STAHR Scholars DAT Prep Program Accepting Applications for Summer 2023

The STAHR Scholars DAT Prep Program is accepting applications for the Summer 2023 Program! We are excited to announce that GEHA Solutions Diversity in Dentistry has established fellowships to provide $2000 in financial support for 15 participants.

The STAHR Scholars Program provides students with the opportunities, resources, and knowledge to become competitive applicants to health professional programs. Students in the Scholars Program will undergo personal and professional development as they pursue and apply to health programs.

In the 10-week summer experience, DAT Prep students participate in the following opportunities:

  • Progress through a prescribed test preparation program for the DAT
  • Receive academic enrichment to supplement the DAT preparation
  • Connect with admissions staff, faculty, current students, and other professionals
  • Develop and improve portfolio materials and skills, like personal statements and interviewing

It is free to participate in the STAHR program. Applications must be submitted by February 15, 2023 at 11:59 PM CST.

STAHR also has programs that provide opportunities to learn more about and prepare to become a health professional for rising high school juniors, seniors and undergraduates.

Please reach out to STAHR at if you have any questions.

D-1 Student Chibueze Chiaka (Eze) and Alumnus Dr. Anthony Jimenez featured on KSHB

Chibueze Chiaka (Eze) a D-1 student (DDS Class of 2026) and Dr. Anthony Jimenez an alum (DDS ‘ 15; AEGD ’16) spoke with KSHB 41 reporter Megan Abundis about combatting dentist shortages in Kansas and Missouri that dates back to 20 years.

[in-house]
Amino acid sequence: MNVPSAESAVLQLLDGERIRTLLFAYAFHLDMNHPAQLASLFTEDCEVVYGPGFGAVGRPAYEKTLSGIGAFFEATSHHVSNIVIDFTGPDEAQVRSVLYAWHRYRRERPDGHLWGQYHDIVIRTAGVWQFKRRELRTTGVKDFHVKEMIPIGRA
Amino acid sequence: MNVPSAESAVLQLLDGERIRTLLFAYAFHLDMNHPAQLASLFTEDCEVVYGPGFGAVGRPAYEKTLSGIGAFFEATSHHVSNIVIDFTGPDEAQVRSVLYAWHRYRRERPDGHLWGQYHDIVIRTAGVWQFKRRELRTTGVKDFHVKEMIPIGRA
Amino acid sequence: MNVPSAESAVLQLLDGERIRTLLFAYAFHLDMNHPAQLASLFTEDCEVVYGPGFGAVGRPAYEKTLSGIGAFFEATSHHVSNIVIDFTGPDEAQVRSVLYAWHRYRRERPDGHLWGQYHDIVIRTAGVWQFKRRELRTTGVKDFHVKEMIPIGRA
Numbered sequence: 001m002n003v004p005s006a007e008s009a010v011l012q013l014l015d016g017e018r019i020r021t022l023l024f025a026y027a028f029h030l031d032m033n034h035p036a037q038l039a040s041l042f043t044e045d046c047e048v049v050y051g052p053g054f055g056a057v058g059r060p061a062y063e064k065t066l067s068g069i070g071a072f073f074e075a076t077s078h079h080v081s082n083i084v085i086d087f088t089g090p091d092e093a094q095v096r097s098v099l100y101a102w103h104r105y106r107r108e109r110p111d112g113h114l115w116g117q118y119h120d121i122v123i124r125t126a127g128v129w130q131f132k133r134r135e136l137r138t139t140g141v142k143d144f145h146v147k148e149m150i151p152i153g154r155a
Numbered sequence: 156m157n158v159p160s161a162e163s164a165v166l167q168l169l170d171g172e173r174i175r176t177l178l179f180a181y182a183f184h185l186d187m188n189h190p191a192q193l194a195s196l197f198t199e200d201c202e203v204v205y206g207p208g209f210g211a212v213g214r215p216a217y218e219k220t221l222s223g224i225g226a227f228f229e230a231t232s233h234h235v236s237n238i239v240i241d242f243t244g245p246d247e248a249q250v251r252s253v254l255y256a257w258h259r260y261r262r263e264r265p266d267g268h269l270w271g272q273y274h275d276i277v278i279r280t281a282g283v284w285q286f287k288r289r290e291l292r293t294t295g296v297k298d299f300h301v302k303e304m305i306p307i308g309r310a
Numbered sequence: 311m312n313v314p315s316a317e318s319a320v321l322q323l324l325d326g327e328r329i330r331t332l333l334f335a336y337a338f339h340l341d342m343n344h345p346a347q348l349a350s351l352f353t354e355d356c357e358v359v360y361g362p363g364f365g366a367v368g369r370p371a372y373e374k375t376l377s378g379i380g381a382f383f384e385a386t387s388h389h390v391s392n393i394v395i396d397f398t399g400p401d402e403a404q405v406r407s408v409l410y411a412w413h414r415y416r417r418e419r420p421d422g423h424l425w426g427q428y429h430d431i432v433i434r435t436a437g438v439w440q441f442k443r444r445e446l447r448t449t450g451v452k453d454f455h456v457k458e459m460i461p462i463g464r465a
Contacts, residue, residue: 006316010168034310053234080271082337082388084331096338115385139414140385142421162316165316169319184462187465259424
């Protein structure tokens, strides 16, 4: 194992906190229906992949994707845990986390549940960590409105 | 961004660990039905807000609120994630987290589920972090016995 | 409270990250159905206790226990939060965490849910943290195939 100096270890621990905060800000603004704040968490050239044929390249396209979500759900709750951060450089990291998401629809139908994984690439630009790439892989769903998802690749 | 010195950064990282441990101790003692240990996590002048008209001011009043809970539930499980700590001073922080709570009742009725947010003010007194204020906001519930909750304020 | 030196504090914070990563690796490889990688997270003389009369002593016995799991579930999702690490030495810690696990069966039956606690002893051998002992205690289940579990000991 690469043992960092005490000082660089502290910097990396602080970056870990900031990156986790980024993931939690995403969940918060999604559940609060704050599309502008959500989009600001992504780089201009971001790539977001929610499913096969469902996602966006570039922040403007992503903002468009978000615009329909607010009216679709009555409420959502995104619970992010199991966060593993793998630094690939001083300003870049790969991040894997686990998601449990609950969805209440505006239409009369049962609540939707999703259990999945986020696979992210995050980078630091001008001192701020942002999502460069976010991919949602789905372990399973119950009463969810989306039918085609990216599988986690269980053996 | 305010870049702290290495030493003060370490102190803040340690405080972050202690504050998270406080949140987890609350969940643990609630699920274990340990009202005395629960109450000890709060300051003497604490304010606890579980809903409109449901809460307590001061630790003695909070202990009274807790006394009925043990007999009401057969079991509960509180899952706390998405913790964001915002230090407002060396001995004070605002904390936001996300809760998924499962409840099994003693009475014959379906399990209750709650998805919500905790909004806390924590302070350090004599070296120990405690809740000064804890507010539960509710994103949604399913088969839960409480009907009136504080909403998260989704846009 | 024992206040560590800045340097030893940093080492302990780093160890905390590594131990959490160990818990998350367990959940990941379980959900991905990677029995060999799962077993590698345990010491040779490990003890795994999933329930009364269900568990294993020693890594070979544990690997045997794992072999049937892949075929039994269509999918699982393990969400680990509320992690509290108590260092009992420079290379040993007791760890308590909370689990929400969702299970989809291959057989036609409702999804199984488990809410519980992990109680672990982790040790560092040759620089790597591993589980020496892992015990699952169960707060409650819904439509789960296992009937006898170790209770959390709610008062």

Dr. Anthony Jimenez is the dental director of Vibrant Health, whose healthcare is funded by donors and makes an effort to provide access to care in marginalized communities.

Eze Chiaka, a current D-1 student at the UMKC School of Dentistry, is the recipient of one of GEHA Solutions dental scholarships, which they have sponsored in hopes to shrink the dentists shortage.

In the interview, Jimenez and Chiaka talk about who is impacted by this crisis and how they are working to solve the problem.

Learn more and watch the interview from KSHB here.

School Welcomes Dr. Daniel Barwick to Spearhead Philanthropic Efforts as Roy J. Rinehart Foundation Executive Director

Daniel Barwick, Ph.D., has joined the UMKC School of Dentistry as director of philanthropic giving and executive director of the school’s Rinehart Foundation.

Dan brings 20 years of fundraising experience to this new role and over 30 years of experience in higher education. He will focus on the school’s philanthropic efforts to assist students, research, community care and the construction of the new interprofessional health sciences building on the Health Sciences Campus.

Read more about Dr. Barwick here.